Cinema is a young art.
It was born in Lyon in 1895 and it started with the filming of a group of workers getting out of a factory.
That factory belonged to the Lumière Brothers, the inventors of modern cinema.
Last week, I was invited to the avant-première of Lumière! L’aventure commence, a film put together and commented by Thierry Frémaux (the director of the Institut Lumière in Lyon as well as the Délégué Général of the Cannes Film Festival), which is out today in French cinemas.
If you are a cinema lover, this is something you can’t possibly miss.
Lumière! Shows 108 movies (completely restored) made by the Lumière Brothers and their camera operators between 1895 and 1905, in France and all over the world. The Lumière bros actually made more than 1400 movies in total, so this is just a small selection of their incredible patrimony.
I have the feeling that when you mention the dawn of cinema, and silent movies in general, people immediately think they are about to see something boring and very ‘has been’, but this is far from the truth and Lumière! is here to prove it.
These 108 super short movies (at that time they could last no more than 50 seconds) are incredibly modern and it is amazing how they already show all the potential of cinema as form of entertainment and art. The witty, accurate and sometimes very funny commentary by Frémaux guide us through an astonishing amount of different movies: from the family movies shot by the Lumière brothers in their houses and gardens, to the wonderful images taken around the world (Venice, Istanbul, New York, Chicago, even Japan in 1905!), and scenes of ordinary (and yet poetic) life in France: a snowball fight, boys swimming in a clear summer day, men playing the pétanque.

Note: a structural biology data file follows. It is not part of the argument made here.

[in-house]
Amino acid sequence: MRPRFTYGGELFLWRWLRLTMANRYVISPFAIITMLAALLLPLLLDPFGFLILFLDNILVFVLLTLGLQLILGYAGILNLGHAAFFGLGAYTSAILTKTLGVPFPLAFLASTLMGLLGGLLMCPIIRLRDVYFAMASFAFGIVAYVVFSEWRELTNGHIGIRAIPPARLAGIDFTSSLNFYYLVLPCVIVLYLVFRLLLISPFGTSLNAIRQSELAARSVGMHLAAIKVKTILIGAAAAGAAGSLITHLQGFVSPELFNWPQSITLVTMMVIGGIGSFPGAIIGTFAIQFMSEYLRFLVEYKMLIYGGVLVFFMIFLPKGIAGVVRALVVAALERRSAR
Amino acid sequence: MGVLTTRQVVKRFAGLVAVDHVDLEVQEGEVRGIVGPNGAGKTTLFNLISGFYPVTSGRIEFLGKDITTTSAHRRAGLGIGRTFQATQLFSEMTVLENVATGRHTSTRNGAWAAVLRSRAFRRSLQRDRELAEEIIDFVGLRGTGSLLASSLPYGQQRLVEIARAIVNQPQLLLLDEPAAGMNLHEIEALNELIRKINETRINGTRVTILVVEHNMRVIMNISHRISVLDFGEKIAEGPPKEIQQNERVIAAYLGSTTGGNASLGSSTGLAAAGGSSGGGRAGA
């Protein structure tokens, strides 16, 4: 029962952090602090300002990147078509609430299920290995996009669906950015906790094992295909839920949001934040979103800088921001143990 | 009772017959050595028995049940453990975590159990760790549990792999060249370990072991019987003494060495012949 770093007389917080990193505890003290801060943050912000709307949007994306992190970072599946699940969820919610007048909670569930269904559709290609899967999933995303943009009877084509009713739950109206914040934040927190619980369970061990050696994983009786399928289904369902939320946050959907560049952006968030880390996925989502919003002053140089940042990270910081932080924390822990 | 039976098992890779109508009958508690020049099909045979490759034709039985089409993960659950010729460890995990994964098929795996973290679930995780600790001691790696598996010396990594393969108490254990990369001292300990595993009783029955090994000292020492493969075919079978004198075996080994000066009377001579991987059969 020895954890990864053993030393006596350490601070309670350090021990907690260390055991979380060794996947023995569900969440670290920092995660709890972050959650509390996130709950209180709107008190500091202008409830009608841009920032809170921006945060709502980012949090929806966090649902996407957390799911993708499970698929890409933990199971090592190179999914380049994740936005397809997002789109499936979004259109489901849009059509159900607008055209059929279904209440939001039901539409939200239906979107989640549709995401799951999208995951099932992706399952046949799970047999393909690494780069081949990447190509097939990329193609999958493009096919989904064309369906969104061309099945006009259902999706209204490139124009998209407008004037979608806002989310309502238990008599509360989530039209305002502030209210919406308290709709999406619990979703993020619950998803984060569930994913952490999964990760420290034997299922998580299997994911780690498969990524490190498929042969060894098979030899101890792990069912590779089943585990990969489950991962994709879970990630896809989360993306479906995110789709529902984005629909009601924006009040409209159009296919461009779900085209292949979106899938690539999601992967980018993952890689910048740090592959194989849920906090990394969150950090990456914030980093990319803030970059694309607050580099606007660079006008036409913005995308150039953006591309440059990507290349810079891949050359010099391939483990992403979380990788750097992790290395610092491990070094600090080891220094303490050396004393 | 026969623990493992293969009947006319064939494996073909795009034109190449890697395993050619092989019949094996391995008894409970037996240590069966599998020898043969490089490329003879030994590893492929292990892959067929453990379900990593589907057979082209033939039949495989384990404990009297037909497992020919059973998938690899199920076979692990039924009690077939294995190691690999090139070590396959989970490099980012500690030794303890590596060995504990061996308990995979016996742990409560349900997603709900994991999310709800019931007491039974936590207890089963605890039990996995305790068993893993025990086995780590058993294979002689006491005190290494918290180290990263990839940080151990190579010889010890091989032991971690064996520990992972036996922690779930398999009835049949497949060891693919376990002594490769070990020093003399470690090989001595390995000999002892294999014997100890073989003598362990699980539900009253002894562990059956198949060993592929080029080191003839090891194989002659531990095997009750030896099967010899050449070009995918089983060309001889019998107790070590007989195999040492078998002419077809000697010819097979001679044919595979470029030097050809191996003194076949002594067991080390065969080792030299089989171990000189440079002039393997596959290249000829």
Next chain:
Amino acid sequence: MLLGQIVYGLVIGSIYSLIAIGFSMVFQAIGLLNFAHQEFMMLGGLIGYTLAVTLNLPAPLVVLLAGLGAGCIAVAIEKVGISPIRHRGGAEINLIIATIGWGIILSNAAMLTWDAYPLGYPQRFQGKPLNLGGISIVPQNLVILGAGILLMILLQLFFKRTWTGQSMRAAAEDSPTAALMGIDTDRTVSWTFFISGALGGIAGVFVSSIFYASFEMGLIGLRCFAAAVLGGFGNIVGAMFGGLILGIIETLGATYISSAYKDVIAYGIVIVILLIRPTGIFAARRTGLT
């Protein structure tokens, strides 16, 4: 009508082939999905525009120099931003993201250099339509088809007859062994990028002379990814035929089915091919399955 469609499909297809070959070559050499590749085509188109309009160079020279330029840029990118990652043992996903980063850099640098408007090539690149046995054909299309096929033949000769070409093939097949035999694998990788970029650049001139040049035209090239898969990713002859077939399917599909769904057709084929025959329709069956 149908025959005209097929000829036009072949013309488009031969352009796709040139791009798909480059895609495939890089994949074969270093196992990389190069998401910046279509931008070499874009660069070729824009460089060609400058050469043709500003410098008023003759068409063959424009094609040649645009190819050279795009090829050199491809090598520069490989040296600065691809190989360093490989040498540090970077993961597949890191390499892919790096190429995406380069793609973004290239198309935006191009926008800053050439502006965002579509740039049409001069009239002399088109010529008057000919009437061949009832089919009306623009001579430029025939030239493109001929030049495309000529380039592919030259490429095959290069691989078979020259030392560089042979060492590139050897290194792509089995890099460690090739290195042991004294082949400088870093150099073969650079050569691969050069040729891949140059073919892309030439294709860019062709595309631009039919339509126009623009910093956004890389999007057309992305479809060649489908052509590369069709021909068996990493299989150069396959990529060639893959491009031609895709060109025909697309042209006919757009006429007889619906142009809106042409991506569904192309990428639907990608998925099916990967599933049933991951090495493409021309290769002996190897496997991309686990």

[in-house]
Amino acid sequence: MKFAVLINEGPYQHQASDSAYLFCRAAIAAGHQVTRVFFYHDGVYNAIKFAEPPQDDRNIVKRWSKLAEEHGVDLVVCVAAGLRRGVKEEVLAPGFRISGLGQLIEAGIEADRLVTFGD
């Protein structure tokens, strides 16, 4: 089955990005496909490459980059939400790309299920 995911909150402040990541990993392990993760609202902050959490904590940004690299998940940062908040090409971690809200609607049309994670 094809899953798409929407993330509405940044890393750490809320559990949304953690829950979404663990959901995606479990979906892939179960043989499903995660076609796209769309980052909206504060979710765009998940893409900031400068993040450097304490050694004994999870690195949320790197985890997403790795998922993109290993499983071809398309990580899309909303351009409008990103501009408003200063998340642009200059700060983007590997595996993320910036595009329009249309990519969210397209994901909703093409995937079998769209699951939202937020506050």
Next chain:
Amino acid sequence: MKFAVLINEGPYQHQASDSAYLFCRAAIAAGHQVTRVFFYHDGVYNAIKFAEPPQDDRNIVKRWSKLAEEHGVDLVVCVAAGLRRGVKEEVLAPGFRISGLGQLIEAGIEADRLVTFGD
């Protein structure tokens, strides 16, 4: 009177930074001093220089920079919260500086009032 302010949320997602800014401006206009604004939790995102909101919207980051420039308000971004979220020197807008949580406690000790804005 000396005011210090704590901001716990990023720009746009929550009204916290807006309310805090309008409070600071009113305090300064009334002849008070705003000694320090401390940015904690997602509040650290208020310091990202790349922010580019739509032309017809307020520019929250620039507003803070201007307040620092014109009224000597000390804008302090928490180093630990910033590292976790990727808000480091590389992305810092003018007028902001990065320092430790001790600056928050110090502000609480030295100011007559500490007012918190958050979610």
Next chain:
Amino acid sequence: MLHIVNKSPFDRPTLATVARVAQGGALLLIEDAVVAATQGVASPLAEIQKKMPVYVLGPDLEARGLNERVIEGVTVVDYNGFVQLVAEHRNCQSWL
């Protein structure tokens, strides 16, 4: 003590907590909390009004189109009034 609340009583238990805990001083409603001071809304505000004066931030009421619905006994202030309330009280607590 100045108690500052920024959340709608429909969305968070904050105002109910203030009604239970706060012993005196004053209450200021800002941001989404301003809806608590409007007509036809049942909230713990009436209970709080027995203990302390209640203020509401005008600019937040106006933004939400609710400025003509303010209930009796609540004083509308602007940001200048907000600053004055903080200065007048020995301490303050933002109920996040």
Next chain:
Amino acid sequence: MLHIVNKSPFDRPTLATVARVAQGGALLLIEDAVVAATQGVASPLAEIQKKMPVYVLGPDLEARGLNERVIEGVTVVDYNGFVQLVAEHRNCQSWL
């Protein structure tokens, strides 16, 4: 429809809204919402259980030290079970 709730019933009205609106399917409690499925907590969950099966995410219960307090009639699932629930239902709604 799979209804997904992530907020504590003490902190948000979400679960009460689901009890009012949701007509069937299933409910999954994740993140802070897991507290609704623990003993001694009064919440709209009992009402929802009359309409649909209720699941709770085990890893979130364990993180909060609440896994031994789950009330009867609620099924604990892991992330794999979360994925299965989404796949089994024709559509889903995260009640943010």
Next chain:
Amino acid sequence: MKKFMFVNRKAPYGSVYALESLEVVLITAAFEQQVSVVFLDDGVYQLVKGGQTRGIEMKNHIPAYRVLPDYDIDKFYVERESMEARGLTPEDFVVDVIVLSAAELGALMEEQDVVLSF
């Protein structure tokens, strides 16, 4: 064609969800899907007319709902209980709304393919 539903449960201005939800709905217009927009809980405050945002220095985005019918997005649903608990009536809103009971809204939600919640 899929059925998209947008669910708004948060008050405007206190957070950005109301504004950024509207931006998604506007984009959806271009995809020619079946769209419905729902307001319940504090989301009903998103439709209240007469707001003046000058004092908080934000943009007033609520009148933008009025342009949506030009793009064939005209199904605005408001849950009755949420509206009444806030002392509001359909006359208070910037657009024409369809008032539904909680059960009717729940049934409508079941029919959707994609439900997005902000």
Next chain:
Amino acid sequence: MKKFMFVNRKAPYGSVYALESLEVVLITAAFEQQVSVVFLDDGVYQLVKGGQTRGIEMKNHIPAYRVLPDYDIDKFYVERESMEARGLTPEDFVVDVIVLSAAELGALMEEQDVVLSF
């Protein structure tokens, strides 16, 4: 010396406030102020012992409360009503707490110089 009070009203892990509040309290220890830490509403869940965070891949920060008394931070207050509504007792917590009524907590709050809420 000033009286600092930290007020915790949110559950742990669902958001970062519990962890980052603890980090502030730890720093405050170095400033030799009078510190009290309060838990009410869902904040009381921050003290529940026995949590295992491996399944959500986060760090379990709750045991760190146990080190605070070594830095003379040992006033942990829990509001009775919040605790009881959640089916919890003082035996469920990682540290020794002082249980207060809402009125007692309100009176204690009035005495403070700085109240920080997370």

To my disbelief, many of the technical inventions of contemporary cinema were already present in those works: the constraints of the camera movements (they could be just still) obliged the operators to deeply creative filming ideas. Some of them still used today. Basically, the Lumière invented almost everything there is out there to see, even now, with just the extra help of modern technology.
Lumière! is such an enjoyable movie: you laugh, you cry, you marvel watching those images coming from a past that remind us, at almost every sequence, how similar we are to our ancestors.
At the end of the screening, Frémaux talked about the film and he showed us few more short films but, in this case, still to be restored. Wow! What a difference. The brightness, the perfection, the beauty of the black & white were lost without the patient and precious work of the restorers. I sincerely hope they will find the money to save all the movies from their inexorable ruin.
Useless to say, it was full of stars (never seen in all my life such a huge concentration of French actresses all together in the same room) and it was difficult to resist to the temptation of feeling one myself.
This is why I wasn't ashamed to take this picture:
As Frémaux put it so well in the film: cinema is something joyeux, tendre et universel, and it is also, in my opinion, the thing in this world that has more to do with dreams.
So let’s live the dream, until we can!